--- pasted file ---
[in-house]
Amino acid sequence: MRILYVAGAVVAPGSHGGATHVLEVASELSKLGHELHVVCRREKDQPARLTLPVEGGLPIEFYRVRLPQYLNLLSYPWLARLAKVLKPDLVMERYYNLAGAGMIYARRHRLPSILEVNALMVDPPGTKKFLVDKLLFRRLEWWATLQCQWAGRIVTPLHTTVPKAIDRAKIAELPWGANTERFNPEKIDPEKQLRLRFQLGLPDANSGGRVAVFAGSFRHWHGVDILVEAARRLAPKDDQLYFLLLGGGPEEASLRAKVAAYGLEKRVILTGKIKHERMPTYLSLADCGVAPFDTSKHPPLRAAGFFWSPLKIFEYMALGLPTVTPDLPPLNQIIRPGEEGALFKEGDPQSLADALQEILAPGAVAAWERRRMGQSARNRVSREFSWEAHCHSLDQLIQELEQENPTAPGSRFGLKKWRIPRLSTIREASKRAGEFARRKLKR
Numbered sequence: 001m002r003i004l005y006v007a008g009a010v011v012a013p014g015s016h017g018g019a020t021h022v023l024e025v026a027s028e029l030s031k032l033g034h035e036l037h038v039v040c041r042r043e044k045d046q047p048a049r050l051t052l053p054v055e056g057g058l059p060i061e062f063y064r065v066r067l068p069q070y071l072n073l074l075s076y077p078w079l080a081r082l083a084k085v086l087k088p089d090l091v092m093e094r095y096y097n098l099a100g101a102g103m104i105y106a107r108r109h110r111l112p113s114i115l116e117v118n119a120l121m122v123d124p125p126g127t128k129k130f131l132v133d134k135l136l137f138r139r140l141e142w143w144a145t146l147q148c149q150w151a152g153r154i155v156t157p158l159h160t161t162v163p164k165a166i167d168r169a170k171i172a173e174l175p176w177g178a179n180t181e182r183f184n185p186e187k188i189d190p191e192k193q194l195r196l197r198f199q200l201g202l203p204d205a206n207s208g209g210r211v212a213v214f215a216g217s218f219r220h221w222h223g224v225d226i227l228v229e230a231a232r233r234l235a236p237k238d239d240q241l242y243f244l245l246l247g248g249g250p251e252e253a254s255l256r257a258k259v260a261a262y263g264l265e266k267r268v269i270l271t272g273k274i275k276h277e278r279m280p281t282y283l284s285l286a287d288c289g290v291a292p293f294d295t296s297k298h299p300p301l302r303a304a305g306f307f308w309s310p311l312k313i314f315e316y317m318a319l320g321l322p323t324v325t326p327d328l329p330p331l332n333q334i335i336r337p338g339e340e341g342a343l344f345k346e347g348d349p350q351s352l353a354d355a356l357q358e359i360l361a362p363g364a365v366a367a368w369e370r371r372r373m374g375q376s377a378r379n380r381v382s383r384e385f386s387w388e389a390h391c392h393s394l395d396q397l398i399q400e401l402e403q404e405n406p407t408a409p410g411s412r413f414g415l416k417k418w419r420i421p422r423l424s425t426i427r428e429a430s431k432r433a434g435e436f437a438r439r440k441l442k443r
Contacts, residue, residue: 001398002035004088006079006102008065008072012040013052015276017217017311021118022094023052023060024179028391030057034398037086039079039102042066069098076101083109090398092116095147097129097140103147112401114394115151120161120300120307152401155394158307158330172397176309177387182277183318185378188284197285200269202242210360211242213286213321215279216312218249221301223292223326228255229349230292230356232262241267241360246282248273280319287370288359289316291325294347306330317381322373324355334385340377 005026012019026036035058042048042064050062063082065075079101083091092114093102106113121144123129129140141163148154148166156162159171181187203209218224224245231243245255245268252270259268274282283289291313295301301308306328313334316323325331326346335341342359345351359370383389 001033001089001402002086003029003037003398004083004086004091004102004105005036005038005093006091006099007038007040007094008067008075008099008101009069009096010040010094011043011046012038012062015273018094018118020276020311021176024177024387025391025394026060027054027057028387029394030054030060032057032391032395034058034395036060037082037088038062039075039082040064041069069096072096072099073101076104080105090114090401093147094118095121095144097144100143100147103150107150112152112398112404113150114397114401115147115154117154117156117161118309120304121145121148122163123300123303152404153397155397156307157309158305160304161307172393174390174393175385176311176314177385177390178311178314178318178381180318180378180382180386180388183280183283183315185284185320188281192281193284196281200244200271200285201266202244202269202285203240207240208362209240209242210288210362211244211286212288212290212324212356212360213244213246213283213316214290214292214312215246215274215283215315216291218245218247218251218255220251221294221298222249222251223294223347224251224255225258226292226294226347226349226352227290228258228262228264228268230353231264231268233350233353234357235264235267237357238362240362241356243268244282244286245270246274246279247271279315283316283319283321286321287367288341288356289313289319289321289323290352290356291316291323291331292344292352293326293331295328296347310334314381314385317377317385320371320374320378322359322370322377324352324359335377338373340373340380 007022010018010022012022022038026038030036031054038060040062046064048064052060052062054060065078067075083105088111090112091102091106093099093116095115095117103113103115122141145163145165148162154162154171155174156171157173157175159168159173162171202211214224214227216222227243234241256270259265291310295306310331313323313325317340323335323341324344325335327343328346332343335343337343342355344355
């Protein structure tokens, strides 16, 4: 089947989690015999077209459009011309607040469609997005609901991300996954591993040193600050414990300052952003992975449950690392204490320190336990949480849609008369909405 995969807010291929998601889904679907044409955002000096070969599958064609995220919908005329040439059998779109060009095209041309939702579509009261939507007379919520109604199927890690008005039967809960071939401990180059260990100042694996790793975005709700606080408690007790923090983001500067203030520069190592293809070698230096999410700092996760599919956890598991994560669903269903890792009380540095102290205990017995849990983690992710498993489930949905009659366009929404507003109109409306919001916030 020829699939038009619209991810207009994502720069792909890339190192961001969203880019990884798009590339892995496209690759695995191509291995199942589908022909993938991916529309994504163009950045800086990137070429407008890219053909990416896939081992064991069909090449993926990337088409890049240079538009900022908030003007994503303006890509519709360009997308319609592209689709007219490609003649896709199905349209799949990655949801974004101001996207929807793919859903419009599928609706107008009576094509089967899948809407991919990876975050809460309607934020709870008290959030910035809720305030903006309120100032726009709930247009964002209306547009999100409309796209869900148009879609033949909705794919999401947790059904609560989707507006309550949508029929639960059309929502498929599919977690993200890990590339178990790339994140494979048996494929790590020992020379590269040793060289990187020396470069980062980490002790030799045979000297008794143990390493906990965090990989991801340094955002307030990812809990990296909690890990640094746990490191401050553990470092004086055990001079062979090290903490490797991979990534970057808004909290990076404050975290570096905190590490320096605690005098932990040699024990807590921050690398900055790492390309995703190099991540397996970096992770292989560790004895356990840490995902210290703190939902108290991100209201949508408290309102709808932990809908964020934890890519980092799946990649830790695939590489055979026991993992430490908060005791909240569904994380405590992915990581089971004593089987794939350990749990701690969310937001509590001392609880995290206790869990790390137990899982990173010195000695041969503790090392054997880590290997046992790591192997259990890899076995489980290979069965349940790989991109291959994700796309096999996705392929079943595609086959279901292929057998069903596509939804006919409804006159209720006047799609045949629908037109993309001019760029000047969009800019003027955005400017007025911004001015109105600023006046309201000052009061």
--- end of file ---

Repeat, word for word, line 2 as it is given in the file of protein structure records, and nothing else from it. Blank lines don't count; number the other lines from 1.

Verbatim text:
Amino acid sequence: MRILYVAGAVVAPGSHGGATHVLEVASELSKLGHELHVVCRREKDQPARLTLPVEGGLPIEFYRVRLPQYLNLLSYPWLARLAKVLKPDLVMERYYNLAGAGMIYARRHRLPSILEVNALMVDPPGTKKFLVDKLLFRRLEWWATLQCQWAGRIVTPLHTTVPKAIDRAKIAELPWGANTERFNPEKIDPEKQLRLRFQLGLPDANSGGRVAVFAGSFRHWHGVDILVEAARRLAPKDDQLYFLLLGGGPEEASLRAKVAAYGLEKRVILTGKIKHERMPTYLSLADCGVAPFDTSKHPPLRAAGFFWSPLKIFEYMALGLPTVTPDLPPLNQIIRPGEEGALFKEGDPQSLADALQEILAPGAVAAWERRRMGQSARNRVSREFSWEAHCHSLDQLIQELEQENPTAPGSRFGLKKWRIPRLSTIREASKRAGEFARRKLKR